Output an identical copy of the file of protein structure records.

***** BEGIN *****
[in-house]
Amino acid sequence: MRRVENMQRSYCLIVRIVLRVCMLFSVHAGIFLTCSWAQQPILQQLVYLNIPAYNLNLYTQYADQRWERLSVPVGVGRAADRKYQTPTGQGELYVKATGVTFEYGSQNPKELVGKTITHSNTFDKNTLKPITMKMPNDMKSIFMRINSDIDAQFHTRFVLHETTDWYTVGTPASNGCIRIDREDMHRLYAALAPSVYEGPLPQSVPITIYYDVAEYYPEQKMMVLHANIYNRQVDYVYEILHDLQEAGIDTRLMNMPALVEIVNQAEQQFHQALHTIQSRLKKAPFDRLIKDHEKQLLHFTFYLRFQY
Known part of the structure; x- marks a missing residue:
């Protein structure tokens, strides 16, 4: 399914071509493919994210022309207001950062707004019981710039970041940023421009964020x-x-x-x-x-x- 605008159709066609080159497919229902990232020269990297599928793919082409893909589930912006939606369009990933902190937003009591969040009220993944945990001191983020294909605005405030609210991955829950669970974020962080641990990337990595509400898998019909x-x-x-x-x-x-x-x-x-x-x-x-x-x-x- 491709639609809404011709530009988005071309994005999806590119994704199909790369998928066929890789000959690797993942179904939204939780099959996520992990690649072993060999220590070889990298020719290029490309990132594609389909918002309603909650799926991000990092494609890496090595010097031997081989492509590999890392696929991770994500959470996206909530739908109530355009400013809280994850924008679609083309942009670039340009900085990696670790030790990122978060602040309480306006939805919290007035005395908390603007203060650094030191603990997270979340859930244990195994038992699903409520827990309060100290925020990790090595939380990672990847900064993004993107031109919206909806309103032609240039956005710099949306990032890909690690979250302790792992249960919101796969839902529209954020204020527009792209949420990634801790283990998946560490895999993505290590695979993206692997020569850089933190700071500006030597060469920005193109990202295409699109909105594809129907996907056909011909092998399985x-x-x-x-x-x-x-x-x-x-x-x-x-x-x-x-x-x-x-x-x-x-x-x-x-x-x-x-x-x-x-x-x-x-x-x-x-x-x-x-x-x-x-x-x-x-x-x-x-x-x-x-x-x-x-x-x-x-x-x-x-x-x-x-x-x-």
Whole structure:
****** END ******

[in-house]
Amino acid sequence: MRRVENMQRSYCLIVRIVLRVCMLFSVHAGIFLTCSWAQQPILQQLVYLNIPAYNLNLYTQYADQRWERLSVPVGVGRAADRKYQTPTGQGELYVKATGVTFEYGSQNPKELVGKTITHSNTFDKNTLKPITMKMPNDMKSIFMRINSDIDAQFHTRFVLHETTDWYTVGTPASNGCIRIDREDMHRLYAALAPSVYEGPLPQSVPITIYYDVAEYYPEQKMMVLHANIYNRQVDYVYEILHDLQEAGIDTRLMNMPALVEIVNQAEQQFHQALHTIQSRLKKAPFDRLIKDHEKQLLHFTFYLRFQY
Known part of the structure; x- marks a missing residue:
């Protein structure tokens, strides 16, 4: 399914071509493919994210022309207001950062707004019981710039970041940023421009964020x-x-x-x-x-x- 605008159709066609080159497919229902990232020269990297599928793919082409893909589930912006939606369009990933902190937003009591969040009220993944945990001191983020294909605005405030609210991955829950669970974020962080641990990337990595509400898998019909x-x-x-x-x-x-x-x-x-x-x-x-x-x-x- 491709639609809404011709530009988005071309994005999806590119994704199909790369998928066929890789000959690797993942179904939204939780099959996520992990690649072993060999220590070889990298020719290029490309990132594609389909918002309603909650799926991000990092494609890496090595010097031997081989492509590999890392696929991770994500959470996206909530739908109530355009400013809280994850924008679609083309942009670039340009900085990696670790030790990122978060602040309480306006939805919290007035005395908390603007203060650094030191603990997270979340859930244990195994038992699903409520827990309060100290925020990790090595939380990672990847900064993004993107031109919206909806309103032609240039956005710099949306990032890909690690979250302790792992249960919101796969839902529209954020204020527009792209949420990634801790283990998946560490895999993505290590695979993206692997020569850089933190700071500006030597060469920005193109990202295409699109909105594809129907996907056909011909092998399985x-x-x-x-x-x-x-x-x-x-x-x-x-x-x-x-x-x-x-x-x-x-x-x-x-x-x-x-x-x-x-x-x-x-x-x-x-x-x-x-x-x-x-x-x-x-x-x-x-x-x-x-x-x-x-x-x-x-x-x-x-x-x-x-x-x-």
Whole structure: